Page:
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I am trying to establish a python script which runs on a scientific cluster.

It split an input file into chunks submit them one to the cluster, sort and evaluate the ouput and submit the next chunk.

However, I have a strange problem.

I create the input file for the subprocess directly before the process. However, it never worked and showed me an "No data to process" error.

I finally run this fragment:

tmp = open ("individual_list.txt","w")
for line in working:
    tmp.write (line)
command.append ("--cpus-per-task=1")
command.append ("--chdir="+cwd)
command.append ("-o")
command.append (uniqueID+"#"+str(loop)+"_mut.out")
command.append (EXEC)
command.append ("-runfile")
command.append (CMD1)
out= open (uniqueID+"#"+str(loop)+"_mut.out","w")
p1=subprocess.Popen (command, cwd=cwd)

You probably noticed that I already went paranoid with buffered output. But still during the minute of waiting, the file individual_list.txt is created in the filesystem but empty. It only gets filled after the subprocess finished. Is this a python problm or do I have to ask our cluster admins for help?

Best, Jan

share|improve this question
unrelated: you could use string formatting: outputfile = "{id}#{n}_mut.out".format(id=uniqueId, n=loop) –  J.F. Sebastian Feb 19 '14 at 20:16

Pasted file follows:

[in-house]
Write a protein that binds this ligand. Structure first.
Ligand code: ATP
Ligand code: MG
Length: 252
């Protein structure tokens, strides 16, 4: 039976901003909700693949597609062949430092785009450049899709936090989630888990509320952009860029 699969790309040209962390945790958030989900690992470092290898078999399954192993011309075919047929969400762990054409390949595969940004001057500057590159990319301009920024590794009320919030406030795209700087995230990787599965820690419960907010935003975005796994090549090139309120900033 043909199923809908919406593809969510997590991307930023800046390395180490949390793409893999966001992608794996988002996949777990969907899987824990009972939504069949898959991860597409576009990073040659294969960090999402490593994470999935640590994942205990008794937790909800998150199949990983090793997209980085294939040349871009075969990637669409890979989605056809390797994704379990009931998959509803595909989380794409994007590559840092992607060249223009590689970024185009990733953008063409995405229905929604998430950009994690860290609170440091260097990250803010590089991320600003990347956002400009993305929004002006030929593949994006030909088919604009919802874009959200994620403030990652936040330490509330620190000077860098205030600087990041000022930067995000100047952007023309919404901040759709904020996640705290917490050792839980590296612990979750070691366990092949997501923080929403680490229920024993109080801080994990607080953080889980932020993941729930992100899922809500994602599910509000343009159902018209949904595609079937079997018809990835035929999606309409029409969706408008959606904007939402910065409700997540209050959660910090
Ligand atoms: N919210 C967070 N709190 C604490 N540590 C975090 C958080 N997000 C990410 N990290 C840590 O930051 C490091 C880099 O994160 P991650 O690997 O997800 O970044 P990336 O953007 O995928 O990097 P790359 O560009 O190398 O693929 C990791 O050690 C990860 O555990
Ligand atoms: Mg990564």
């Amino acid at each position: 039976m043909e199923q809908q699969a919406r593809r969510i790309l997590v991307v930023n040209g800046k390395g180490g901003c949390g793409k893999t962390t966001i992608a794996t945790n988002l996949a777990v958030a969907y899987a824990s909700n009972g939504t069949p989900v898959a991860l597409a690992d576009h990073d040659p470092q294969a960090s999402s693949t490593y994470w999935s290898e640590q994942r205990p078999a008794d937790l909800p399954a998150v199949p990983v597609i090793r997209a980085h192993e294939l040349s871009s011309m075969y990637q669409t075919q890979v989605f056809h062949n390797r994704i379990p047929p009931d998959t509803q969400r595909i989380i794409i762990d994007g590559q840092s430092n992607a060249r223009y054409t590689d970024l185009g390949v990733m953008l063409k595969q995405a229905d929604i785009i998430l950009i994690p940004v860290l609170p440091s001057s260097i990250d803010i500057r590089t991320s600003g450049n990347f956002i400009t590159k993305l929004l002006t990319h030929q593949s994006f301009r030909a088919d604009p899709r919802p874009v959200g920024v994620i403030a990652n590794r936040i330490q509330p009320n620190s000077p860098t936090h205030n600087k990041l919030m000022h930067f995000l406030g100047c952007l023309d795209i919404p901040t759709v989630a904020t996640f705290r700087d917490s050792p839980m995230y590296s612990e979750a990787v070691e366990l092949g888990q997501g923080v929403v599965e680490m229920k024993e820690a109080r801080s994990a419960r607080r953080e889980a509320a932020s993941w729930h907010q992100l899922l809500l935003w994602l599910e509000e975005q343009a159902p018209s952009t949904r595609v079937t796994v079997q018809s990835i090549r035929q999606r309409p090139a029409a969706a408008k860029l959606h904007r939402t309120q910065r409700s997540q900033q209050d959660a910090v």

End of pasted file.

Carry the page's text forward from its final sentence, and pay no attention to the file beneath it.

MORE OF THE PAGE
you could write it as: with open("individual_list.txt","w") as file: file.writelines(working) It closes (and flushes) the file automatically. You don't need os.fsync(); time.sleep(60). –  J.F. Sebastian Feb 19 '14 at 20:18
subprocess.Popen(..).wait() is equivalent to subprocess.call(..) –  J.F. Sebastian Feb 19 '14 at 20:20
@J.F.Sebastian thanks for the tipps. The wait was only for debugging and the flush and fsync only because of bug hunting. All three commands are now gone! I use .Popen for defining the cwd... I thought that is not possible with .call –  Ocko Feb 19 '14 at 20:36

1 Answer 1

up vote 4 down vote accepted

You are not calling the close and flush methods. You need to place () after them to do this:


Otherwise, you just have references to those methods. Below is a demonstration:

>>> def foo():
...     return 'hi'
>>> foo
<function foo at 0x020B2540>
>>> foo()
share|improve this answer
Your are totaly right, I outed myself as python noob :-( However, thanks a lot you ended a long time of frustration! –  Ocko Feb 19 '14 at 20:14
I will... have still to wait for 43 seconds... –  Ocko Feb 19 '14 at 20:18

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